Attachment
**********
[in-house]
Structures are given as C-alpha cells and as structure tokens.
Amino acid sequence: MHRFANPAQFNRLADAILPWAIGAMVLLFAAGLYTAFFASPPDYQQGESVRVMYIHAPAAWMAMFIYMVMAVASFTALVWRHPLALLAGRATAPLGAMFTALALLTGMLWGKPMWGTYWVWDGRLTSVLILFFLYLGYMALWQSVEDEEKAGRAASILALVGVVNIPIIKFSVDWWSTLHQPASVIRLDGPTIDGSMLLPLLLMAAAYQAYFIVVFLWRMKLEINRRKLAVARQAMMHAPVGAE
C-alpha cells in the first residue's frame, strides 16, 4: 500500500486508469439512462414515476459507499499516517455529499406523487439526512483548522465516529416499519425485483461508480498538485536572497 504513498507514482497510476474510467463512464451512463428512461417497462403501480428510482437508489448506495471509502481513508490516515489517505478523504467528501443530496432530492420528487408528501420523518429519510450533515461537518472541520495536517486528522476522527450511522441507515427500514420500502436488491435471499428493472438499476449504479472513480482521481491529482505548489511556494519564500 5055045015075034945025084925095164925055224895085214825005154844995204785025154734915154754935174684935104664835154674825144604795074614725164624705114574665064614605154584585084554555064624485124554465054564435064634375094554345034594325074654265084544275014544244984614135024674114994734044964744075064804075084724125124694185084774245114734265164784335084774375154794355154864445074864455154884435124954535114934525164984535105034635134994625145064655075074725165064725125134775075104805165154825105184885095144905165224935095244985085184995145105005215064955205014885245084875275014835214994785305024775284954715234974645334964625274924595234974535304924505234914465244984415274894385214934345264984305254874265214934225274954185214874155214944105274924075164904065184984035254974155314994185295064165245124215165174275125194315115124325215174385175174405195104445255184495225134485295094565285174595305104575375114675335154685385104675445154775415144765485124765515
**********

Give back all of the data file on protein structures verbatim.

[in-house]
Structures are given as C-alpha cells and as structure tokens.
Amino acid sequence: MHRFANPAQFNRLADAILPWAIGAMVLLFAAGLYTAFFASPPDYQQGESVRVMYIHAPAAWMAMFIYMVMAVASFTALVWRHPLALLAGRATAPLGAMFTALALLTGMLWGKPMWGTYWVWDGRLTSVLILFFLYLGYMALWQSVEDEEKAGRAASILALVGVVNIPIIKFSVDWWSTLHQPASVIRLDGPTIDGSMLLPLLLMAAAYQAYFIVVFLWRMKLEINRRKLAVARQAMMHAPVGAE
C-alpha cells in the first residue's frame, strides 16, 4: 500500500486508469439512462414515476459507499499516517455529499406523487439526512483548522465516529416499519425485483461508480498538485536572497 504513498507514482497510476474510467463512464451512463428512461417497462403501480428510482437508489448506495471509502481513508490516515489517505478523504467528501443530496432530492420528487408528501420523518429519510450533515461537518472541520495536517486528522476522527450511522441507515427500514420500502436488491435471499428493472438499476449504479472513480482521481491529482505548489511556494519564500 5055045015075034945025084925095164925055224895085214825005154844995204785025154734915154754935174684935104664835154674825144604795074614725164624705114574665064614605154584585084554555064624485124554465054564435064634375094554345034594325074654265084544275014544244984614135024674114994734044964744075064804075084724125124694185084774245114734265164784335084774375154794355154864445074864455154884435124954535114934525164984535105034635134994625145064655075074725165064725125134775075104805165154825105184885095144905165224935095244985085184995145105005215064955205014885245084875275014835214994785305024775284954715234974645334964625274924595234974535304924505234914465244984415274894385214934345264984305254874265214934225274954185214874155214944105274924075164904065184984035254974155314994185295064165245124215165174275125194315115124325215174385175174405195104445255184495225134485295094565285174595305104575375114675335154685385104675445154775415144765485124765515